A Comprehensive Approach — The Stream Parable

What the research tells us is that our best outcomes in reducing suicide rates come from comprehensive and sustained efforts where training is just one component of an overall strategy (Knox, et al, 2003). The following common parable from the public health perspective illuminates what a comprehensive approach might entail. “Upstream, midstream and downstream” approaches are needed to prevent suicide. 

Upstream strategies build protective factors that can mitigate risk, such as creating a sense of belonging, eliminating stigmatized language and discriminating actions, building resilience through life skills and mental hardiness, and enhancing mental health literacy. 

Midstream approaches help identify people in emerging risk and then link them to appropriate support before the issues develop into a suicidal crisis. Midstream strategies include screening for mental health conditions and suicidal thoughts, promoting and normalizing many types of help-seeking/help-giving behavior, and training populations on how to have difficult suicide-specific conversations. 

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Downstream tactics are needed to guide the response when a suicide crisis has happened including when people have acute thoughts of suicide, attempt suicide or die by suicide. Current thinking about effective downstream tactics is that they are not so much about constraint (e.g., involuntary hospitalization, restraints, and isolation) but rather focus on an attempt to answer the question, “How can we approach these crises in a way that offers connection, dignity and empowerment instead of fear?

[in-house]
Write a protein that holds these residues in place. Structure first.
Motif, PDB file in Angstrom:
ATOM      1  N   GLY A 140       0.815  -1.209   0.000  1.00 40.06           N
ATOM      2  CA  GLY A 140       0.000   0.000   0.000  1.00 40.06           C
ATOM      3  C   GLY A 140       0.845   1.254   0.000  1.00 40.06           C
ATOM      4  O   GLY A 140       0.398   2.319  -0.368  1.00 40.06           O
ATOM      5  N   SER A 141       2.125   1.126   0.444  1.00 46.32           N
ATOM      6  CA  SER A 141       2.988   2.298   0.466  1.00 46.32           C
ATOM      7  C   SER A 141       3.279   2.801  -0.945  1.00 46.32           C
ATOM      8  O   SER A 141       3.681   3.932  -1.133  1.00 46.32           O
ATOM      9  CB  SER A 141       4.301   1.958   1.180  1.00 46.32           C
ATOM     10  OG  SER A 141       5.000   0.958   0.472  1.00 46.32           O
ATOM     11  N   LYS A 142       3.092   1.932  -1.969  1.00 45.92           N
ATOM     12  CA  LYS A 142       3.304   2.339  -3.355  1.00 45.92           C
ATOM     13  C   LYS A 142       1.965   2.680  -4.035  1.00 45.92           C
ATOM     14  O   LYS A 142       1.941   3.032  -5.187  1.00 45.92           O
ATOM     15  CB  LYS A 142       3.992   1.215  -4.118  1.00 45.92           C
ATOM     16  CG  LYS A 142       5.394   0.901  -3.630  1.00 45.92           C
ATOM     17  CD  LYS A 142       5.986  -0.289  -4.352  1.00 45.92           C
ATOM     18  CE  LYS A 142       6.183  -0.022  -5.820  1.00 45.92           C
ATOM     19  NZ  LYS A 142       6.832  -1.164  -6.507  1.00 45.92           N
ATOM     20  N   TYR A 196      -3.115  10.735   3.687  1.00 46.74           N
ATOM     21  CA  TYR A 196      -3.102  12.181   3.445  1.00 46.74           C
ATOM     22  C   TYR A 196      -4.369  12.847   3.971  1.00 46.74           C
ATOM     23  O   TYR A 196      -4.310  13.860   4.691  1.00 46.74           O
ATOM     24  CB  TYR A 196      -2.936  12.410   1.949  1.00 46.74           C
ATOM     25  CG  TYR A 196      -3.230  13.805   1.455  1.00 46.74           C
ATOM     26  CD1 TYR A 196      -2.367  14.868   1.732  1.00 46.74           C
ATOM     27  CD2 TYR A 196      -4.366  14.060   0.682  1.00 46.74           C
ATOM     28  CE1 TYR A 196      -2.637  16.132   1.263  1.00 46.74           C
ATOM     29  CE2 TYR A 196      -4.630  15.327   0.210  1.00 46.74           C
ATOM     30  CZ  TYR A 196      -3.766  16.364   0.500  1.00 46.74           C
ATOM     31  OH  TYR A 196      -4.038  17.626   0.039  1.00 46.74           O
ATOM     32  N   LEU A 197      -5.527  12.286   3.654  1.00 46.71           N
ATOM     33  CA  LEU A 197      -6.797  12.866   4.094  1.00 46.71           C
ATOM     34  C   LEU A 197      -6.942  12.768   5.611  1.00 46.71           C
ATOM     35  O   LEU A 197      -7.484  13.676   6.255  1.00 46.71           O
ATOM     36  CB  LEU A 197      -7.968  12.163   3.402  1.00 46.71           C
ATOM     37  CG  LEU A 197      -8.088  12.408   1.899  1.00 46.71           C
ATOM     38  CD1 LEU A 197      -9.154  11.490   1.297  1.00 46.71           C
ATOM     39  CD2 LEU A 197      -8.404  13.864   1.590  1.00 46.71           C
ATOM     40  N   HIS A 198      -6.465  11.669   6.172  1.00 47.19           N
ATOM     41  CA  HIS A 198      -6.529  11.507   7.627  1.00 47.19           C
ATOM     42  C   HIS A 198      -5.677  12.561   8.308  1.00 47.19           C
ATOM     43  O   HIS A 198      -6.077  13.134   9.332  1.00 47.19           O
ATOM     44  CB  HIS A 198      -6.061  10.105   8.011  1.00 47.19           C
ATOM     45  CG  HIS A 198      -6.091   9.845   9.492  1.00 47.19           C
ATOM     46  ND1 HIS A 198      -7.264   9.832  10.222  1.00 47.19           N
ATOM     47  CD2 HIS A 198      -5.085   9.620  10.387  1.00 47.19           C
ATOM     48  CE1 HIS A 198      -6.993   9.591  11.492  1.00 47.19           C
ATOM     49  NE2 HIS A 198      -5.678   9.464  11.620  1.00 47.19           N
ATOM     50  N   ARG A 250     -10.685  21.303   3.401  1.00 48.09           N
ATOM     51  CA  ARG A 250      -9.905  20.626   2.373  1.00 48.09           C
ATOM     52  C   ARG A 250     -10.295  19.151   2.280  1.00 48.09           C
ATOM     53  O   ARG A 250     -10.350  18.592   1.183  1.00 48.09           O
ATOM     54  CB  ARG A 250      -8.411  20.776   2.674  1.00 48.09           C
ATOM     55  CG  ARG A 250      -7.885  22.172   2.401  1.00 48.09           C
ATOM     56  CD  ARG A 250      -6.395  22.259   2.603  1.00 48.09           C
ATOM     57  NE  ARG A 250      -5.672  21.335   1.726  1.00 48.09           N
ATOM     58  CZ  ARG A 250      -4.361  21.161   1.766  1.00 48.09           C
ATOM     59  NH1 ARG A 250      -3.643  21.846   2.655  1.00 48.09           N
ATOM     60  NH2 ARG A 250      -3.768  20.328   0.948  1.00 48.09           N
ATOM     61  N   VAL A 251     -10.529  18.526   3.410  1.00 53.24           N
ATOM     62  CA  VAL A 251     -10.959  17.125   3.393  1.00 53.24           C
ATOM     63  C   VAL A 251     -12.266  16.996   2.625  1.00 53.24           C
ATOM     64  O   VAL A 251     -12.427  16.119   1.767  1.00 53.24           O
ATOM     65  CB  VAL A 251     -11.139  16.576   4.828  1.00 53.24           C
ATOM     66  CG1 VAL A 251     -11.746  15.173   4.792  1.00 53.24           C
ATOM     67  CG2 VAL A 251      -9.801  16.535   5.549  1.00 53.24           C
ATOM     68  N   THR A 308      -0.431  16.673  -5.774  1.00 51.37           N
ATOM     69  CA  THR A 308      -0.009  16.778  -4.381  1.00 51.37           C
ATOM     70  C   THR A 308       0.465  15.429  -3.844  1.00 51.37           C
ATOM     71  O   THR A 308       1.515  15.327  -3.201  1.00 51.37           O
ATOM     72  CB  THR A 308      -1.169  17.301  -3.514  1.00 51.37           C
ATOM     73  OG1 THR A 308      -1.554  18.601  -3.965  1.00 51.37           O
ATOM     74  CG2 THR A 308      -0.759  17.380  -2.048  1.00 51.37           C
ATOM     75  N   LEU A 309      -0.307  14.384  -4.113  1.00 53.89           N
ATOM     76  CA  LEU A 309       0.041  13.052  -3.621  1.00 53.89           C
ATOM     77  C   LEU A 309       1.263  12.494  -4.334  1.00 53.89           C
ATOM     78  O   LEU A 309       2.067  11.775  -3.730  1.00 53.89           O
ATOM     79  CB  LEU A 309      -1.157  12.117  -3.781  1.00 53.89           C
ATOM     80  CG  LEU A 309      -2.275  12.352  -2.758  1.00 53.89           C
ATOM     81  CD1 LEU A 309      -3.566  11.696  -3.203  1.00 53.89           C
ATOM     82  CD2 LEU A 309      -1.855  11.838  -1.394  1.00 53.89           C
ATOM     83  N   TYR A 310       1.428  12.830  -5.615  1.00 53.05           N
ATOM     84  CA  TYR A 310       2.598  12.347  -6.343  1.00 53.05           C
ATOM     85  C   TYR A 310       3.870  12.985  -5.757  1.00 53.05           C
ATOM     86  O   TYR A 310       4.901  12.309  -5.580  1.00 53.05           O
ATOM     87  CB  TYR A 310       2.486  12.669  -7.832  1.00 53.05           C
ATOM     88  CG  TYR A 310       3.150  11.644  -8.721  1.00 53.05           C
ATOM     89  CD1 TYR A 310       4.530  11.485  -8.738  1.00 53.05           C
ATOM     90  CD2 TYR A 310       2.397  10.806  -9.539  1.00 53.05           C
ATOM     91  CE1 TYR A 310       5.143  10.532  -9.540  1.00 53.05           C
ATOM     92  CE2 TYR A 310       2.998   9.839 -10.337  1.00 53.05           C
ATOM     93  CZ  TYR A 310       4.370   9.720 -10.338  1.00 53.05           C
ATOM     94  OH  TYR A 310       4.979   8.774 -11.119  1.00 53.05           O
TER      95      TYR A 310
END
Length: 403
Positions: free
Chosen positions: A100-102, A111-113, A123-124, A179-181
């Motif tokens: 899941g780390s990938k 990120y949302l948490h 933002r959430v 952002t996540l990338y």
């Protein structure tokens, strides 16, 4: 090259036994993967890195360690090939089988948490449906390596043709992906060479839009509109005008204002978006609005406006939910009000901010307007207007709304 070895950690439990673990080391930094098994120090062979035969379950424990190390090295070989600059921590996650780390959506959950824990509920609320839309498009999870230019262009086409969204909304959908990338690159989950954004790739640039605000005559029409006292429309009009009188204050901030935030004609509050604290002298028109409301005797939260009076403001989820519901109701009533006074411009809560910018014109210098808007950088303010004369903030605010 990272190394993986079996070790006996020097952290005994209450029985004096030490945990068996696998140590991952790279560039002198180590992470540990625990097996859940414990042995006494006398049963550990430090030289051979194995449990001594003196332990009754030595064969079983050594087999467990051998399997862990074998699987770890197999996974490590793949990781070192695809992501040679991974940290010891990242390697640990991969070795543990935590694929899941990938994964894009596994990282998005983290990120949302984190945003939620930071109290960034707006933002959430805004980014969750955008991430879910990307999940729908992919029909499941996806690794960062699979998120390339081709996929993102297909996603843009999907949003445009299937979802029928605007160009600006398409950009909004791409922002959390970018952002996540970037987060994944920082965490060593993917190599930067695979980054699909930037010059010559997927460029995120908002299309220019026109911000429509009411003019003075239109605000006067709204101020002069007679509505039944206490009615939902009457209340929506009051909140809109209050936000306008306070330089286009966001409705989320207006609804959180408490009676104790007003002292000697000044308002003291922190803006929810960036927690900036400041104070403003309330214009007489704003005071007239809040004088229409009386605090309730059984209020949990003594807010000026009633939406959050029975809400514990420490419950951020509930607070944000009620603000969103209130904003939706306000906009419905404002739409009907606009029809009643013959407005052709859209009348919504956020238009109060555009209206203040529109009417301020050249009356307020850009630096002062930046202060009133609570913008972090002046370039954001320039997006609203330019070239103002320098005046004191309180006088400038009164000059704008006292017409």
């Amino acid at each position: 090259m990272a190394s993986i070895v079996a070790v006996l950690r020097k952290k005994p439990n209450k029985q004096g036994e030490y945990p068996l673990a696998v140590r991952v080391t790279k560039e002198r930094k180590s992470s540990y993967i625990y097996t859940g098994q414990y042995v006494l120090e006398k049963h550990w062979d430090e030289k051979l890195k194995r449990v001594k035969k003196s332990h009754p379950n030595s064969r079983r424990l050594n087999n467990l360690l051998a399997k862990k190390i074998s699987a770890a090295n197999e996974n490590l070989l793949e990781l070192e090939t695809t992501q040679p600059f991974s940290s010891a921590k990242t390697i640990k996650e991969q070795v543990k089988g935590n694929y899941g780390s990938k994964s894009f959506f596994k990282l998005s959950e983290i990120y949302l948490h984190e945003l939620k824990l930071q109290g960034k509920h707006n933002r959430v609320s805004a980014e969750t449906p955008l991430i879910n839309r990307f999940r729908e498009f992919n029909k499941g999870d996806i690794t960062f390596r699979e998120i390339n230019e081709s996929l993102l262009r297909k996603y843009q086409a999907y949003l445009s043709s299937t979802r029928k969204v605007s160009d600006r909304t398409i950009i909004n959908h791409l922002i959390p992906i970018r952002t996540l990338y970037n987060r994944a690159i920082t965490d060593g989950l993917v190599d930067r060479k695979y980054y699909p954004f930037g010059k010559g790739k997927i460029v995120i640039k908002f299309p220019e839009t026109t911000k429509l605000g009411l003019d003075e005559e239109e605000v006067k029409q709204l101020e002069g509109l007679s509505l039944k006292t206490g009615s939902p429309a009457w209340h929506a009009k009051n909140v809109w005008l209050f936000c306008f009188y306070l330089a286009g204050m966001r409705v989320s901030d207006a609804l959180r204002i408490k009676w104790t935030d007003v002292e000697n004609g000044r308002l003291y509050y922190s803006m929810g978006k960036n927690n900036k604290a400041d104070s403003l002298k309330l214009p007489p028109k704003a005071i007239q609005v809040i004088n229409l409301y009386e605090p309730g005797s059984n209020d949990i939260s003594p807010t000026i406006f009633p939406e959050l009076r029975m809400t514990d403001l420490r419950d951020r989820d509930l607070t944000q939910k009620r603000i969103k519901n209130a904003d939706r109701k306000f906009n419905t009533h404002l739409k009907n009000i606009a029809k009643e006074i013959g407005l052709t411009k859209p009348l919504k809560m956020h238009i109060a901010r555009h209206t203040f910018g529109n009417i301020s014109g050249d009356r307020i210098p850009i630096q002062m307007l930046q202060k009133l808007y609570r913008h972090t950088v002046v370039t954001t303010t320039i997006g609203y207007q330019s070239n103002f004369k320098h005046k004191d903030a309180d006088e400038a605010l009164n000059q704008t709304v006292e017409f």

Stream Parable

You are walking along a river one day and you hear a plea for help from someone drowning. You are startled but energized as you dive into the water and save him. Using all your strength you pull him to shore and start administering CPR. Your adrenaline is racing as he starts to regain consciousness. Just as you are about get back on your feet, another frantic call comes from the river. You can’t believe it! You dive back in the river and pull out a woman who also needs life-saving care. Now a bit frazzled but still thrilled that you have saved two lives in one day, you mop the sweat from your brow. When you turn around, however, you see more drowning people coming down the river. One after another. 

You shout out to all the other people around you to help. Now there are several people in the river with you – pulling drowning people out left and right. One of the rescuers swims out to the drowning group and tries to start teaching them how to tread water. This strategy helps some, but not all because it turns out it’s hard to learn how to tread water when you are drowning. 

Everyone looks at each other, completely overwhelmed, wondering when this will stop. Finally, you stand up and start running upstream. Another rescuer glares at you and shouts, “Where are you going? There are so many drowning people; we need everyone here to help!” To which you reply, “I’m going upstream to find out why who is pushing all of these people into the river.”

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